Exploring Angle Relationships Along Parallel Lines

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Objective

Students will be able to understand and prove angle relationships along parallel lines cut by a transversal through the application of transformations

Big Idea

I Like to Move it Move it, Move Angle Measures Along a Transversal to Map Relationships

Bellringer - Lesson Opening

15 minutes

Begin the Angles Activity

40 minutes

Watch a short video explaining the rational for this lesson and why I have chosen to apply transformations to parallel lines cut by a transversal.

Clarifying and Sharing Learning Goals

Always begin by clarifying for the students what it is they will be learning from the activity today. Click here to watch a short video on what it means to clarify and share learning intentions and criteria for success with students:

Clarifying and Sharing Learning Intentions and Criteria for Success

 The learning goals for today are to continue to focus on graphing linear equations with the purpose of using those lines to see angle relationships.  Tell students that they will be graphing two different intersections which will create eight angles for this activity.  The goals are the same as on the angles activity prior to this: move angles through transformations to map relationships between certain pairs of angles.  Let students know that there will be a lot of vocabulary throughout the activity and it is important to know these angle pair names.  An organizer to help with the vocabulary will be used on the last day of the activity.

 

Working in Cooperative Groups to Graph

Allow students time to graph the three given equations and number the angles as the directions indicate.  Students should work within their partnership or small group to correctly graph and label.  While students are graphing, move about the room formatively assessing progress and providing feedback that will move your students’ learning forward.  To better understand how I group students into cooperative teams and how I provide feedback to students, click on the links below to watch a short video on each strategy.

Cooperative Grouping Explained 

Providing feedback that moves learning forward

 After allowing time for groups to correctly graph and label ask one group to place their papers under the document camera and share how they created the linear graphs.  Choose this group as you are providing feedback and let them know you would like for them to present their correct work.  I sometimes allow more than one presentation if multiple graphing strategies were used and each is a viable method of graphing.  I call this time of students presenting their work a “mini wrap-up” because I do not spend long periods of time closing a lesson at the end of the class period.  We use small lesson closers after a small chunk of material has been completed.  Click below to watch a short video on how I use the mini wrap-up strategy.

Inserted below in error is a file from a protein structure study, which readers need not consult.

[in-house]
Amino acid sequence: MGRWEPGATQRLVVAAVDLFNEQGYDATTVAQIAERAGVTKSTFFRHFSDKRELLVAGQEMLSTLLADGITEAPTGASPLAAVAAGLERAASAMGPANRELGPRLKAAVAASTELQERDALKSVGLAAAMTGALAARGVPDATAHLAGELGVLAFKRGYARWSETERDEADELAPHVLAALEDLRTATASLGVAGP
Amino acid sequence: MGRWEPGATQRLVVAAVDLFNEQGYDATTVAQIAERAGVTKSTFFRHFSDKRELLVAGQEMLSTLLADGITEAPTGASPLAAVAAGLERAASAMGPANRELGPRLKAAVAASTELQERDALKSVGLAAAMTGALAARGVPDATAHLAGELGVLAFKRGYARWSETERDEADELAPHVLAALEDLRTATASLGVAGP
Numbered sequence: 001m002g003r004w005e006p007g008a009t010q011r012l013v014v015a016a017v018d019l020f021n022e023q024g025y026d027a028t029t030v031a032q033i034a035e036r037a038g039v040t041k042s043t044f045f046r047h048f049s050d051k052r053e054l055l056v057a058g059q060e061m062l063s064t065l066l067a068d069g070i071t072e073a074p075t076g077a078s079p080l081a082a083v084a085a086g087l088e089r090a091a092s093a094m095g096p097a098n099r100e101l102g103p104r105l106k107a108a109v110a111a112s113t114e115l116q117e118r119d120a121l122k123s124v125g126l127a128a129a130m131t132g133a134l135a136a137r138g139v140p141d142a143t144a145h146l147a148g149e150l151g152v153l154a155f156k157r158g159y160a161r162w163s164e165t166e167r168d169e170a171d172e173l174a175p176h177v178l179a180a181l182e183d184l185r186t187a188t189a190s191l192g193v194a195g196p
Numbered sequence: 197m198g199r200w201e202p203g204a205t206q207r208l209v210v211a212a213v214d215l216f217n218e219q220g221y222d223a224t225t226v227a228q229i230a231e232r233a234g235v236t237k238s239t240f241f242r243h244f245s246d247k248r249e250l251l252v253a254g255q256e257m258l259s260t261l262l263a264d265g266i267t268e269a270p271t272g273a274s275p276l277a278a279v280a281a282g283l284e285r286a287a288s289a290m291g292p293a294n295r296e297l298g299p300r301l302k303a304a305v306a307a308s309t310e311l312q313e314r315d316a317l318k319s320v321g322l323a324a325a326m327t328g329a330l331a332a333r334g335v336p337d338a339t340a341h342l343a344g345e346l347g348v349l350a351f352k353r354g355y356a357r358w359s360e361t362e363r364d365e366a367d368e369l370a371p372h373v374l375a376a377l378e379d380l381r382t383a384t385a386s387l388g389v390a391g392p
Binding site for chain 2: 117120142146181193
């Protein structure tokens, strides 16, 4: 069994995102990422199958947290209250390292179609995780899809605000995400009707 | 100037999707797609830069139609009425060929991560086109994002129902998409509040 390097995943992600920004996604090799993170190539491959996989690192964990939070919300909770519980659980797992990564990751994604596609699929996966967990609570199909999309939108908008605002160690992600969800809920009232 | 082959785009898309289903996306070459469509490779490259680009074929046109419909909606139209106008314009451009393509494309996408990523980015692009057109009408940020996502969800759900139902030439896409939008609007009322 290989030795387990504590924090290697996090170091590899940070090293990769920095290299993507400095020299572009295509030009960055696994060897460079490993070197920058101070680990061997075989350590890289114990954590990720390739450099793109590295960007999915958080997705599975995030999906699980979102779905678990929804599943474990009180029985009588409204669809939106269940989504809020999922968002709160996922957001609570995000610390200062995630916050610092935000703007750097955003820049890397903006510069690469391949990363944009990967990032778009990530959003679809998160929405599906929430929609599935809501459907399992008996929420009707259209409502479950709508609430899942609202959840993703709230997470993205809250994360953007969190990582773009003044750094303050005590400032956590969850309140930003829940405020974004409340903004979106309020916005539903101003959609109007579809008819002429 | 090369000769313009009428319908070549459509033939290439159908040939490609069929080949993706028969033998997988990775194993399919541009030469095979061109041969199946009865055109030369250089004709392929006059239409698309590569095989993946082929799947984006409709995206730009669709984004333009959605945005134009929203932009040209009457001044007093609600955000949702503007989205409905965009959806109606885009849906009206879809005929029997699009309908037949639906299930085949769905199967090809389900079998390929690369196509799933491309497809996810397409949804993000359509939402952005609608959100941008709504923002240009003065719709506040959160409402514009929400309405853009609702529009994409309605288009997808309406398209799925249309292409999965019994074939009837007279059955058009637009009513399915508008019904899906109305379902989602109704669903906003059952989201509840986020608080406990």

Cooperative Grouping Explained

Once all students have correct graphs, it is time to begin answering the angle relationship questions.  These questions are challenging and ask students to think about and prove angle relationships.  This is a key time to provide feedback to students both yourself and through partners within small groups.  Students need to be able to discuss ideas and questions.  I often had to remind students to use their tracing paper in order to compare angles and find their relationship first (congruent or supplementary) and then begin to think through the transformations that would move and map angles together.  Click below to watch a short video on how students provide feedback to one another within small groups.

Students as resources for one another

 

Where to End the Lesson

The goal for the first day is to reach at least question 4 and discuss the answers to these questions in a mini wrap-up before the end of class.  Of course students will work at their own pace and that is encouraged.  You just want to at least get everyone through question 4 by the end of the first class period.   Some of the key ideas to focus on throughout the lesson today include:  graphing linear equations (fluency), understanding algebraically why two lines are parallel (same slope different y-intercepts), and the definition of a transversal.  The math standards of focus in this lesson today include: 8.F.A.3 Interpret the equation y = mx + b as defining a linear function, whose graph is a straight line.  Through the use of partners to provide feedback and work to graph linear equations with efficiency and fluency the following math practice standards will also be used: MP3MP7.